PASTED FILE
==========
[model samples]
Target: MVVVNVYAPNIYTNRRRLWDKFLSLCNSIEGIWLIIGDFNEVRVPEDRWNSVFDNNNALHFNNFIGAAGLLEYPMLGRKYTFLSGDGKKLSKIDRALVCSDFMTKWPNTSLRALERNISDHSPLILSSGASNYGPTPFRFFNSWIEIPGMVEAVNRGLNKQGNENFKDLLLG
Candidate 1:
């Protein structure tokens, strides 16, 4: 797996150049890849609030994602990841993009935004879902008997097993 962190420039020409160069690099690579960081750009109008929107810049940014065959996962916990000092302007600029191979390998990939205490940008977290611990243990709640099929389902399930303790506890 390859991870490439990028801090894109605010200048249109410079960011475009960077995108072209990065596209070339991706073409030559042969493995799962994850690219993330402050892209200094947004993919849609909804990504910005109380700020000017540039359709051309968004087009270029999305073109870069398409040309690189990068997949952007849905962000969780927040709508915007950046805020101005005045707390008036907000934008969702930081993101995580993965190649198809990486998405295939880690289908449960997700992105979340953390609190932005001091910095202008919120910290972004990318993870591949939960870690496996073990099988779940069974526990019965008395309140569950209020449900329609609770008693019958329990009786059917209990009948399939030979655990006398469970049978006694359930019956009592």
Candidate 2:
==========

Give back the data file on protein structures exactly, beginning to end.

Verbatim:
[model samples]
Target: MVVVNVYAPNIYTNRRRLWDKFLSLCNSIEGIWLIIGDFNEVRVPEDRWNSVFDNNNALHFNNFIGAAGLLEYPMLGRKYTFLSGDGKKLSKIDRALVCSDFMTKWPNTSLRALERNISDHSPLILSSGASNYGPTPFRFFNSWIEIPGMVEAVNRGLNKQGNENFKDLLLG
Candidate 1:
């Protein structure tokens, strides 16, 4: 797996150049890849609030994602990841993009935004879902008997097993 962190420039020409160069690099690579960081750009109008929107810049940014065959996962916990000092302007600029191979390998990939205490940008977290611990243990709640099929389902399930303790506890 390859991870490439990028801090894109605010200048249109410079960011475009960077995108072209990065596209070339991706073409030559042969493995799962994850690219993330402050892209200094947004993919849609909804990504910005109380700020000017540039359709051309968004087009270029999305073109870069398409040309690189990068997949952007849905962000969780927040709508915007950046805020101005005045707390008036907000934008969702930081993101995580993965190649198809990486998405295939880690289908449960997700992105979340953390609190932005001091910095202008919120910290972004990318993870591949939960870690496996073990099988779940069974526990019965008395309140569950209020449900329609609770008693019958329990009786059917209990009948399939030979655990006398469970049978006694359930019956009592």
Candidate 2: